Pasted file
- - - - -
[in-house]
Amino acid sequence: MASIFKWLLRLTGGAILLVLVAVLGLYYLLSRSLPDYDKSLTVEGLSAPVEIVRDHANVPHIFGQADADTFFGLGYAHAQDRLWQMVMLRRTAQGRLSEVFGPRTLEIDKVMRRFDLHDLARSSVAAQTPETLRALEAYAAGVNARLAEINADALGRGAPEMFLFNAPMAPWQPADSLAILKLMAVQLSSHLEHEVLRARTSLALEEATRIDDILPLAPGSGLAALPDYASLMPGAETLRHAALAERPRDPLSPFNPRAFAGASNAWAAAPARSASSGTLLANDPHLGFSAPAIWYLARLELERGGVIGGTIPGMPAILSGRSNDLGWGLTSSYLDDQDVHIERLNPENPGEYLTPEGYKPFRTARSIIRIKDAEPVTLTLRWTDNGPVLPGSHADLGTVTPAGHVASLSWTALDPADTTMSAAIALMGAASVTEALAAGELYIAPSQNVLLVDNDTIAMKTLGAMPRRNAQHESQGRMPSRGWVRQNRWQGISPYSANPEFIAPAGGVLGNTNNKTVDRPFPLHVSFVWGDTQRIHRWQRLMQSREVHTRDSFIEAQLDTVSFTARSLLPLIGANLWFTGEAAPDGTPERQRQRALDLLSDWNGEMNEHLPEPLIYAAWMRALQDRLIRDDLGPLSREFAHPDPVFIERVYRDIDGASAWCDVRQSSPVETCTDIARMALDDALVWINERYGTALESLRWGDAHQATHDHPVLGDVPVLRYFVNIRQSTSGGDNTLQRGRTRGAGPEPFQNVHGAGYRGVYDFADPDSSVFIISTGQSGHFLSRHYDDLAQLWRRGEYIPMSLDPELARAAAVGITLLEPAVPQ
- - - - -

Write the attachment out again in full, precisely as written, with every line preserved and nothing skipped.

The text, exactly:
[in-house]
Amino acid sequence: MASIFKWLLRLTGGAILLVLVAVLGLYYLLSRSLPDYDKSLTVEGLSAPVEIVRDHANVPHIFGQADADTFFGLGYAHAQDRLWQMVMLRRTAQGRLSEVFGPRTLEIDKVMRRFDLHDLARSSVAAQTPETLRALEAYAAGVNARLAEINADALGRGAPEMFLFNAPMAPWQPADSLAILKLMAVQLSSHLEHEVLRARTSLALEEATRIDDILPLAPGSGLAALPDYASLMPGAETLRHAALAERPRDPLSPFNPRAFAGASNAWAAAPARSASSGTLLANDPHLGFSAPAIWYLARLELERGGVIGGTIPGMPAILSGRSNDLGWGLTSSYLDDQDVHIERLNPENPGEYLTPEGYKPFRTARSIIRIKDAEPVTLTLRWTDNGPVLPGSHADLGTVTPAGHVASLSWTALDPADTTMSAAIALMGAASVTEALAAGELYIAPSQNVLLVDNDTIAMKTLGAMPRRNAQHESQGRMPSRGWVRQNRWQGISPYSANPEFIAPAGGVLGNTNNKTVDRPFPLHVSFVWGDTQRIHRWQRLMQSREVHTRDSFIEAQLDTVSFTARSLLPLIGANLWFTGEAAPDGTPERQRQRALDLLSDWNGEMNEHLPEPLIYAAWMRALQDRLIRDDLGPLSREFAHPDPVFIERVYRDIDGASAWCDVRQSSPVETCTDIARMALDDALVWINERYGTALESLRWGDAHQATHDHPVLGDVPVLRYFVNIRQSTSGGDNTLQRGRTRGAGPEPFQNVHGAGYRGVYDFADPDSSVFIISTGQSGHFLSRHYDDLAQLWRRGEYIPMSLDPELARAAAVGITLLEPAVPQ